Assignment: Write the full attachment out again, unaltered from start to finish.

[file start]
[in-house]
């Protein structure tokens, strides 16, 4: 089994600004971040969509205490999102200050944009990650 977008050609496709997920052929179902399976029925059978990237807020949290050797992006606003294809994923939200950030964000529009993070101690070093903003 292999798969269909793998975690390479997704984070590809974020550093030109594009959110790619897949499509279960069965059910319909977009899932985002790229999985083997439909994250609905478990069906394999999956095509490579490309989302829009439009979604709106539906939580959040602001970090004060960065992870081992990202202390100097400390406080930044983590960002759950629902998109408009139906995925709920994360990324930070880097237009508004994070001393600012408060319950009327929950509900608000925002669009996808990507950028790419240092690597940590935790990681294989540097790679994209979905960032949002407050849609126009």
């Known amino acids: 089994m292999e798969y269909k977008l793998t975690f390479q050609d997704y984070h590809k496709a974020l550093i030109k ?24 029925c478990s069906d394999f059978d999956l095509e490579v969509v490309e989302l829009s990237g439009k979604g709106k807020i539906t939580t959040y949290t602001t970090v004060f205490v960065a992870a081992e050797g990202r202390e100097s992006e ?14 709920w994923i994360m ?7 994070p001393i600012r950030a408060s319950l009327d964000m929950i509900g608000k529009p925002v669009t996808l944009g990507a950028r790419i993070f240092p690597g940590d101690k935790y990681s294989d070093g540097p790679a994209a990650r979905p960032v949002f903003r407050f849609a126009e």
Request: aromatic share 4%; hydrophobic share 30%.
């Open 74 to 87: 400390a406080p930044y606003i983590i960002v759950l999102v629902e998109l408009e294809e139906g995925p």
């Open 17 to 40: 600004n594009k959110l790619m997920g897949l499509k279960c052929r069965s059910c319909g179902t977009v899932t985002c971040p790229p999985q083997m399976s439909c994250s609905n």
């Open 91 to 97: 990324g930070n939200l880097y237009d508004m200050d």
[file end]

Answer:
[in-house]
């Protein structure tokens, strides 16, 4: 089994600004971040969509205490999102200050944009990650 977008050609496709997920052929179902399976029925059978990237807020949290050797992006606003294809994923939200950030964000529009993070101690070093903003 292999798969269909793998975690390479997704984070590809974020550093030109594009959110790619897949499509279960069965059910319909977009899932985002790229999985083997439909994250609905478990069906394999999956095509490579490309989302829009439009979604709106539906939580959040602001970090004060960065992870081992990202202390100097400390406080930044983590960002759950629902998109408009139906995925709920994360990324930070880097237009508004994070001393600012408060319950009327929950509900608000925002669009996808990507950028790419240092690597940590935790990681294989540097790679994209979905960032949002407050849609126009």
């Known amino acids: 089994m292999e798969y269909k977008l793998t975690f390479q050609d997704y984070h590809k496709a974020l550093i030109k ?24 029925c478990s069906d394999f059978d999956l095509e490579v969509v490309e989302l829009s990237g439009k979604g709106k807020i539906t939580t959040y949290t602001t970090v004060f205490v960065a992870a081992e050797g990202r202390e100097s992006e ?14 709920w994923i994360m ?7 994070p001393i600012r950030a408060s319950l009327d964000m929950i509900g608000k529009p925002v669009t996808l944009g990507a950028r790419i993070f240092p690597g940590d101690k935790y990681s294989d070093g540097p790679a994209a990650r979905p960032v949002f903003r407050f849609a126009e």
Request: aromatic share 4%; hydrophobic share 30%.
């Open 74 to 87: 400390a406080p930044y606003i983590i960002v759950l999102v629902e998109l408009e294809e139906g995925p």
């Open 17 to 40: 600004n594009k959110l790619m997920g897949l499509k279960c052929r069965s059910c319909g179902t977009v899932t985002c971040p790229p999985q083997m399976s439909c994250s609905n």
């Open 91 to 97: 990324g930070n939200l880097y237009d508004m200050d």